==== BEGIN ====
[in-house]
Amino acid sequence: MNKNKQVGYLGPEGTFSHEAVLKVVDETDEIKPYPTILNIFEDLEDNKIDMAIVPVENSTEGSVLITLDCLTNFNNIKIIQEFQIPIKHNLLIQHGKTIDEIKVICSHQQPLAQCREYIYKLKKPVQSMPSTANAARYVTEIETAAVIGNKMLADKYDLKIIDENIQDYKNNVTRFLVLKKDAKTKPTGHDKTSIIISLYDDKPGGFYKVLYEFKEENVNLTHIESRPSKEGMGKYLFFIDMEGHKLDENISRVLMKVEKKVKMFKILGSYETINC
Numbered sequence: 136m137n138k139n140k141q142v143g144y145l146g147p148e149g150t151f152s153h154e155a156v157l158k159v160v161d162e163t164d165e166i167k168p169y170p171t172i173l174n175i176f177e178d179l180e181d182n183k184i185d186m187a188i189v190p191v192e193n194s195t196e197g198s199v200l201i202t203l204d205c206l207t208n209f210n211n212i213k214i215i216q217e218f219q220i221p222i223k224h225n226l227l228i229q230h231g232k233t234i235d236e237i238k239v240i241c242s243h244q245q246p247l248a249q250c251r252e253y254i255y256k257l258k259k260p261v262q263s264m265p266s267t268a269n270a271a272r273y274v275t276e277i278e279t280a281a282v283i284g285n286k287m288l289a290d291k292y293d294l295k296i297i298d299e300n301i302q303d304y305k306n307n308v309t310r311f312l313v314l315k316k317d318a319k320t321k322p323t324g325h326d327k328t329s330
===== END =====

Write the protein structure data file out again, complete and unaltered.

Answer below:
[in-house]
Amino acid sequence: MNKNKQVGYLGPEGTFSHEAVLKVVDETDEIKPYPTILNIFEDLEDNKIDMAIVPVENSTEGSVLITLDCLTNFNNIKIIQEFQIPIKHNLLIQHGKTIDEIKVICSHQQPLAQCREYIYKLKKPVQSMPSTANAARYVTEIETAAVIGNKMLADKYDLKIIDENIQDYKNNVTRFLVLKKDAKTKPTGHDKTSIIISLYDDKPGGFYKVLYEFKEENVNLTHIESRPSKEGMGKYLFFIDMEGHKLDENISRVLMKVEKKVKMFKILGSYETINC
Numbered sequence: 136m137n138k139n140k141q142v143g144y145l146g147p148e149g150t151f152s153h154e155a156v157l158k159v160v161d162e163t164d165e166i167k168p169y170p171t172i173l174n175i176f177e178d179l180e181d182n183k184i185d186m187a188i189v190p191v192e193n194s195t196e197g198s199v200l201i202t203l204d205c206l207t208n209f210n211n212i213k214i215i216q217e218f219q220i221p222i223k224h225n226l227l228i229q230h231g232k233t234i235d236e237i238k239v240i241c242s243h244q245q246p247l248a249q250c251r252e253y254i255y256k257l258k259k260p261v262q263s264m265p266s267t268a269n270a271a272r273y274v275t276e277i278e279t280a281a282v283i284g285n286k287m288l289a290d291k292y293d294l295k296i297i298d299e300n301i302q303d304y305k306n307n308v309t310r311f312l313v314l315k316k317d318a319k320t321k322p323t324g325h326d327k328t329s330